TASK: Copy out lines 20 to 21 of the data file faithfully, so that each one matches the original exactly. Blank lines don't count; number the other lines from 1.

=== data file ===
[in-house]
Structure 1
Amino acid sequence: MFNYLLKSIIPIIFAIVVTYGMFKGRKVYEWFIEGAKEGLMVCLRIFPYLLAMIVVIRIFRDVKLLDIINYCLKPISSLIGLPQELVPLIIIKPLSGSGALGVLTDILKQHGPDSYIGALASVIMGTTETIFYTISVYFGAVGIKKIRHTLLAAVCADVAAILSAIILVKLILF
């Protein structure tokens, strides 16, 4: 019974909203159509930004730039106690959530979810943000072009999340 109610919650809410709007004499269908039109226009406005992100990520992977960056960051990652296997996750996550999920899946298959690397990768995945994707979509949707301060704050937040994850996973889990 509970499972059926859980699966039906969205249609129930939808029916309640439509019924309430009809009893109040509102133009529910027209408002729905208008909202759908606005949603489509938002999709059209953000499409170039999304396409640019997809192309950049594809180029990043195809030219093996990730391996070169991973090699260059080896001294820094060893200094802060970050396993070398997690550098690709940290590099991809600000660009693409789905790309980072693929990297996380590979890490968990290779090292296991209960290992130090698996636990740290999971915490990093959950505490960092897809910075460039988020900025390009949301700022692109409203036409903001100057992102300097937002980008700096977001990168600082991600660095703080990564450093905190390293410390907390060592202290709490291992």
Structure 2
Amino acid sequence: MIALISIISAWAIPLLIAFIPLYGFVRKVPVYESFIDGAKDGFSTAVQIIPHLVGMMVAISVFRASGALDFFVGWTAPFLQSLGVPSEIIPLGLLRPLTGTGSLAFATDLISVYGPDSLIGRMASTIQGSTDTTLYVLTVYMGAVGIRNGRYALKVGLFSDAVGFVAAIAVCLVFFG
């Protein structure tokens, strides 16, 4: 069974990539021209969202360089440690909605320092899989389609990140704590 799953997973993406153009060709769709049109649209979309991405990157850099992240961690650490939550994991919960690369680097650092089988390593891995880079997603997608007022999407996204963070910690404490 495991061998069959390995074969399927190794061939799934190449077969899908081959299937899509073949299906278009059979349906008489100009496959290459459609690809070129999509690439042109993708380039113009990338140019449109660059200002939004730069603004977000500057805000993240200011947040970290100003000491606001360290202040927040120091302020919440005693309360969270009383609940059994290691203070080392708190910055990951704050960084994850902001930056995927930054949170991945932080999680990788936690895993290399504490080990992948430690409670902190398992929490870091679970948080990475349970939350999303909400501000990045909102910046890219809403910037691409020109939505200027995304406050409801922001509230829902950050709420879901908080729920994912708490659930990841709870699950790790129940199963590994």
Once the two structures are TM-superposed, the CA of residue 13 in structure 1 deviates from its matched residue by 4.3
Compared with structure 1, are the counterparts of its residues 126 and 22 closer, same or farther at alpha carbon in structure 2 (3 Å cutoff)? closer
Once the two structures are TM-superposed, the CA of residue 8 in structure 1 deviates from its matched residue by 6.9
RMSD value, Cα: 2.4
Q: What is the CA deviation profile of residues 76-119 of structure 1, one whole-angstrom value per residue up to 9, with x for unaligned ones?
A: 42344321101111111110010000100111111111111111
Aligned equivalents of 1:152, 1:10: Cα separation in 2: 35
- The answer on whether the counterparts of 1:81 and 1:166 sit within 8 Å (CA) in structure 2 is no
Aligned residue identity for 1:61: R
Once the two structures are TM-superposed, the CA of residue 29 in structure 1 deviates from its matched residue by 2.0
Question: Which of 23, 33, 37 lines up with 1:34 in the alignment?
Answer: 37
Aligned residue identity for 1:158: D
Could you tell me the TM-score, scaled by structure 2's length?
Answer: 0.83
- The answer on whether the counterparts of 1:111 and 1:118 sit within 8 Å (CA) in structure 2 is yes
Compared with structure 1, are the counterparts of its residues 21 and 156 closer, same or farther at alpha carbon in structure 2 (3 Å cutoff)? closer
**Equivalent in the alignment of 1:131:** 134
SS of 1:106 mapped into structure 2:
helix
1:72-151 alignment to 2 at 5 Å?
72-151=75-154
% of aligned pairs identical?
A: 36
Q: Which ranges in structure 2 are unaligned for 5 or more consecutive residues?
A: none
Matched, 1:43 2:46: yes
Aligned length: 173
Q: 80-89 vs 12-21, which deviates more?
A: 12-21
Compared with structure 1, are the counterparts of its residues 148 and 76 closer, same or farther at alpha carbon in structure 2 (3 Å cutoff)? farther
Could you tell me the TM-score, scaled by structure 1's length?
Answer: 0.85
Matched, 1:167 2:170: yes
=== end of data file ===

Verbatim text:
Aligned residue identity for 1:158: D
Could you tell me the TM-score, scaled by structure 2's length?